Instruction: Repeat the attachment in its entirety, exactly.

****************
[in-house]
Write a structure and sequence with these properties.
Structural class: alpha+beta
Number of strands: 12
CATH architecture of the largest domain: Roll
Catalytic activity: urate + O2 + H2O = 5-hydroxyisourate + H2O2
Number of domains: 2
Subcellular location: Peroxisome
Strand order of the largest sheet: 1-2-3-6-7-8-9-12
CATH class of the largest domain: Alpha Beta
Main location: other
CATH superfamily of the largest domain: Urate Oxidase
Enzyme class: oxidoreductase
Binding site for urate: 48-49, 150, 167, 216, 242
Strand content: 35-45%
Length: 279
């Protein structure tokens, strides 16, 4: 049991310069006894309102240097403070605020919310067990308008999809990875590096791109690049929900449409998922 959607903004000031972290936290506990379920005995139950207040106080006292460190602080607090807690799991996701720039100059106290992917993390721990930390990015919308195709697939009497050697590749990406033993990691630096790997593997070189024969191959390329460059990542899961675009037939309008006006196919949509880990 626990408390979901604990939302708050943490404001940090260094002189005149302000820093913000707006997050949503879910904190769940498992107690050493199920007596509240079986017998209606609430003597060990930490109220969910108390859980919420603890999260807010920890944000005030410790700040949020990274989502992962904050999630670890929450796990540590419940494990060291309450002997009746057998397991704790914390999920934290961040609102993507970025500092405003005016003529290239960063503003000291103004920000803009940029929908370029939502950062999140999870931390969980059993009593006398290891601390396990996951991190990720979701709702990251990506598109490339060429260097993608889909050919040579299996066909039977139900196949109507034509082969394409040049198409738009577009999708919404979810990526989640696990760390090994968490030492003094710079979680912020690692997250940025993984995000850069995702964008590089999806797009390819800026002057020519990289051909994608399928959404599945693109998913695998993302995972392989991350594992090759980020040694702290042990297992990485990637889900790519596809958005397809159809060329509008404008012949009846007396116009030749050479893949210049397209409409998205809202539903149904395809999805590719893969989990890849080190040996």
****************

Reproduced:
[in-house]
Write a structure and sequence with these properties.
Structural class: alpha+beta
Number of strands: 12
CATH architecture of the largest domain: Roll
Catalytic activity: urate + O2 + H2O = 5-hydroxyisourate + H2O2
Number of domains: 2
Subcellular location: Peroxisome
Strand order of the largest sheet: 1-2-3-6-7-8-9-12
CATH class of the largest domain: Alpha Beta
Main location: other
CATH superfamily of the largest domain: Urate Oxidase
Enzyme class: oxidoreductase
Binding site for urate: 48-49, 150, 167, 216, 242
Strand content: 35-45%
Length: 279
């Protein structure tokens, strides 16, 4: 049991310069006894309102240097403070605020919310067990308008999809990875590096791109690049929900449409998922 959607903004000031972290936290506990379920005995139950207040106080006292460190602080607090807690799991996701720039100059106290992917993390721990930390990015919308195709697939009497050697590749990406033993990691630096790997593997070189024969191959390329460059990542899961675009037939309008006006196919949509880990 626990408390979901604990939302708050943490404001940090260094002189005149302000820093913000707006997050949503879910904190769940498992107690050493199920007596509240079986017998209606609430003597060990930490109220969910108390859980919420603890999260807010920890944000005030410790700040949020990274989502992962904050999630670890929450796990540590419940494990060291309450002997009746057998397991704790914390999920934290961040609102993507970025500092405003005016003529290239960063503003000291103004920000803009940029929908370029939502950062999140999870931390969980059993009593006398290891601390396990996951991190990720979701709702990251990506598109490339060429260097993608889909050919040579299996066909039977139900196949109507034509082969394409040049198409738009577009999708919404979810990526989640696990760390090994968490030492003094710079979680912020690692997250940025993984995000850069995702964008590089999806797009390819800026002057020519990289051909994608399928959404599945693109998913695998993302995972392989991350594992090759980020040694702290042990297992990485990637889900790519596809958005397809159809060329509008404008012949009846007396116009030749050479893949210049397209409409998205809202539903149904395809999805590719893969989990890849080190040996």